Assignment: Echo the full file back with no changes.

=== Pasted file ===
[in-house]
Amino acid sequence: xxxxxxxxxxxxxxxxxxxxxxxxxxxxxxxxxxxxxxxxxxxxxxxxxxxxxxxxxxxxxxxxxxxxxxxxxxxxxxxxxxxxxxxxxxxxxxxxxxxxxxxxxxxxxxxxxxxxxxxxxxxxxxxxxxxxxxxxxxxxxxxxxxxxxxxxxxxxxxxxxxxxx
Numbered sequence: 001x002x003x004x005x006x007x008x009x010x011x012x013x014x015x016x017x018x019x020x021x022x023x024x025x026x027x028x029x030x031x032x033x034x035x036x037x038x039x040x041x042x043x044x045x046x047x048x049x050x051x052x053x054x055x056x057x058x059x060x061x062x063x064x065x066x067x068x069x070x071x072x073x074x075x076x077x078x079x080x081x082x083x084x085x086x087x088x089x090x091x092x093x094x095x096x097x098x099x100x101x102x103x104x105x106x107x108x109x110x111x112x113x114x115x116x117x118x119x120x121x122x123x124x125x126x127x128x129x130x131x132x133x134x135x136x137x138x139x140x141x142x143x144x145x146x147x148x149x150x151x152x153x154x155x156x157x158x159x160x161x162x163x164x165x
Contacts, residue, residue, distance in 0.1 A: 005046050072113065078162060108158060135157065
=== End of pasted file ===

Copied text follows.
[in-house]
Amino acid sequence: xxxxxxxxxxxxxxxxxxxxxxxxxxxxxxxxxxxxxxxxxxxxxxxxxxxxxxxxxxxxxxxxxxxxxxxxxxxxxxxxxxxxxxxxxxxxxxxxxxxxxxxxxxxxxxxxxxxxxxxxxxxxxxxxxxxxxxxxxxxxxxxxxxxxxxxxxxxxxxxxxxxxx
Numbered sequence: 001x002x003x004x005x006x007x008x009x010x011x012x013x014x015x016x017x018x019x020x021x022x023x024x025x026x027x028x029x030x031x032x033x034x035x036x037x038x039x040x041x042x043x044x045x046x047x048x049x050x051x052x053x054x055x056x057x058x059x060x061x062x063x064x065x066x067x068x069x070x071x072x073x074x075x076x077x078x079x080x081x082x083x084x085x086x087x088x089x090x091x092x093x094x095x096x097x098x099x100x101x102x103x104x105x106x107x108x109x110x111x112x113x114x115x116x117x118x119x120x121x122x123x124x125x126x127x128x129x130x131x132x133x134x135x136x137x138x139x140x141x142x143x144x145x146x147x148x149x150x151x152x153x154x155x156x157x158x159x160x161x162x163x164x165x
Contacts, residue, residue, distance in 0.1 A: 005046050072113065078162060108158060135157065